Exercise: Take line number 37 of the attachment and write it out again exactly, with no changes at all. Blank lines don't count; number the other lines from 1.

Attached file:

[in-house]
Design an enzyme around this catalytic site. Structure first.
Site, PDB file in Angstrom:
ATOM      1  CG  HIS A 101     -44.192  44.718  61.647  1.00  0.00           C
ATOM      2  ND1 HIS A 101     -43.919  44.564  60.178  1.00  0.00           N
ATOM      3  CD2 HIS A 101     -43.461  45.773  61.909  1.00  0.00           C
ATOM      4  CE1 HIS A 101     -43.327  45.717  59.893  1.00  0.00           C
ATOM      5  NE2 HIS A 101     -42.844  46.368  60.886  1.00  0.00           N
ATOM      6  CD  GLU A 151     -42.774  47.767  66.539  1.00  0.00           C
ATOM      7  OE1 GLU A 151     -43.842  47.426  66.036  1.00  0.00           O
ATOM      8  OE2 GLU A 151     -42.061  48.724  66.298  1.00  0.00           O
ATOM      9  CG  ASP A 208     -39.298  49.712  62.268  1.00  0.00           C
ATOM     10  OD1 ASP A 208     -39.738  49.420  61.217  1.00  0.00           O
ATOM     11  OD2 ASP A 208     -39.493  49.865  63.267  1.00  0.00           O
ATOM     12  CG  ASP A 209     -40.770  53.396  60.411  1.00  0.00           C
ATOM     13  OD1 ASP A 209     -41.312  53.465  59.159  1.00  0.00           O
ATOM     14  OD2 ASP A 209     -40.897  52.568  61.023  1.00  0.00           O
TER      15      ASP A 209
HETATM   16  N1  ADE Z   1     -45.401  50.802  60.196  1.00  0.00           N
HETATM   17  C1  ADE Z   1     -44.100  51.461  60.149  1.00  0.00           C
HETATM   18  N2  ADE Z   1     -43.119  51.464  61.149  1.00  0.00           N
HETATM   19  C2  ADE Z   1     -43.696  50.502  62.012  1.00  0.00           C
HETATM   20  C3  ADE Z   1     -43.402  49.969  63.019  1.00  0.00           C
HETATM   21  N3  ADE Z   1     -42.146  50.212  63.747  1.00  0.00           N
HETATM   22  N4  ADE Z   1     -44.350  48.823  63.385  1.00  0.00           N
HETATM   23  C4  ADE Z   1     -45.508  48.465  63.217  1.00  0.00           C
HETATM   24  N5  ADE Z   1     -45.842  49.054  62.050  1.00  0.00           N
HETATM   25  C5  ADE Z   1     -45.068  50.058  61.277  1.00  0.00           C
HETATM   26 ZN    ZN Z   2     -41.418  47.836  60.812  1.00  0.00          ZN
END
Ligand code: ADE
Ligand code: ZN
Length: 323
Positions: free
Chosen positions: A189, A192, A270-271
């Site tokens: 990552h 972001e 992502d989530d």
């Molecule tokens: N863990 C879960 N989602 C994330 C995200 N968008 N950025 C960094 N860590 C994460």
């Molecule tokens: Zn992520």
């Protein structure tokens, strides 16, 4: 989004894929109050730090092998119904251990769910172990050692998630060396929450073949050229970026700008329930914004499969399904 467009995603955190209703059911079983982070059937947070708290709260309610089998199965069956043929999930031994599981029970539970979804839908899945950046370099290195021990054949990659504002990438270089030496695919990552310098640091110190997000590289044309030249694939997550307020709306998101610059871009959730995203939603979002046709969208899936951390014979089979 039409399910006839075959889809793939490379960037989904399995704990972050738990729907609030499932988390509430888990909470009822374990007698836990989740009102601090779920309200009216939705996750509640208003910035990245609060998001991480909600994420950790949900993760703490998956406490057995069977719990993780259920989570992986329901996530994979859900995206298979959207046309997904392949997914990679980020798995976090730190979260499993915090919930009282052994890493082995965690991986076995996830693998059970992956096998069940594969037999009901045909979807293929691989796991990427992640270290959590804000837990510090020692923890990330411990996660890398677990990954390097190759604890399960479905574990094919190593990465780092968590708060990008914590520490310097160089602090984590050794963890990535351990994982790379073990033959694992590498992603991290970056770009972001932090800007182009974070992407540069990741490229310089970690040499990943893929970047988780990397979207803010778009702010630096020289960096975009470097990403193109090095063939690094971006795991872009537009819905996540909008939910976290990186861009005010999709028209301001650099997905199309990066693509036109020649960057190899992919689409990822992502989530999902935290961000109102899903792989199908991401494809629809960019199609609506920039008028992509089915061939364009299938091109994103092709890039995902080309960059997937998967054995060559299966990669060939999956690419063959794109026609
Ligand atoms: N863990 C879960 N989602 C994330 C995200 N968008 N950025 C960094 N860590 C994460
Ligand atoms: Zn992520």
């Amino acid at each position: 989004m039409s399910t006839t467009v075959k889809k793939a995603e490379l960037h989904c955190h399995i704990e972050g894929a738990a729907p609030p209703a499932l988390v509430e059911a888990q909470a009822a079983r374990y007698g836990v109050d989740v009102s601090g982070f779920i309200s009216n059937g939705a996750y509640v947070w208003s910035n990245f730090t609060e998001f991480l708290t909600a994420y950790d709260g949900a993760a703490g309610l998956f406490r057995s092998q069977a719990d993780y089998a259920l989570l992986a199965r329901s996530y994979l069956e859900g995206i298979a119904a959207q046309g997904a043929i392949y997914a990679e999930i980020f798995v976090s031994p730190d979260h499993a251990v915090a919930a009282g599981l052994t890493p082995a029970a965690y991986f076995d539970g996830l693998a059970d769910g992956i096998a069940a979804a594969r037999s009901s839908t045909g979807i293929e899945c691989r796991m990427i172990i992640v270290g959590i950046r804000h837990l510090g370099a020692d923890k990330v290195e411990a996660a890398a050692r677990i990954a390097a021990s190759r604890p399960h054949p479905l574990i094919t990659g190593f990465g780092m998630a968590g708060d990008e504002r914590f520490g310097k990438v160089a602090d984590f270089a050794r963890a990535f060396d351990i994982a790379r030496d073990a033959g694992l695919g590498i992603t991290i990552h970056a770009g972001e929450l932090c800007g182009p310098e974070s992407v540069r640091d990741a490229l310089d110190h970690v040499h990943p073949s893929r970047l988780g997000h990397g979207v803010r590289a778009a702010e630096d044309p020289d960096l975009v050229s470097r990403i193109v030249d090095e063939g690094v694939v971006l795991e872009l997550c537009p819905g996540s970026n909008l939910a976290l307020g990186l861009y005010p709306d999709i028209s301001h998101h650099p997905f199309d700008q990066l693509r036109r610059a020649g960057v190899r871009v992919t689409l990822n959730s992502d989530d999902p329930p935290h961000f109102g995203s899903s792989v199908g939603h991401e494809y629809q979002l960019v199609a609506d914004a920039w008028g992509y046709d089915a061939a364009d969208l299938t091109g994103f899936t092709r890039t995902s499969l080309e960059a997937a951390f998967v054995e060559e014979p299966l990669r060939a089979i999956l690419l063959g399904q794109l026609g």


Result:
């Molecule tokens: N863990 C879960 N989602 C994330 C995200 N968008 N950025 C960094 N860590 C994460």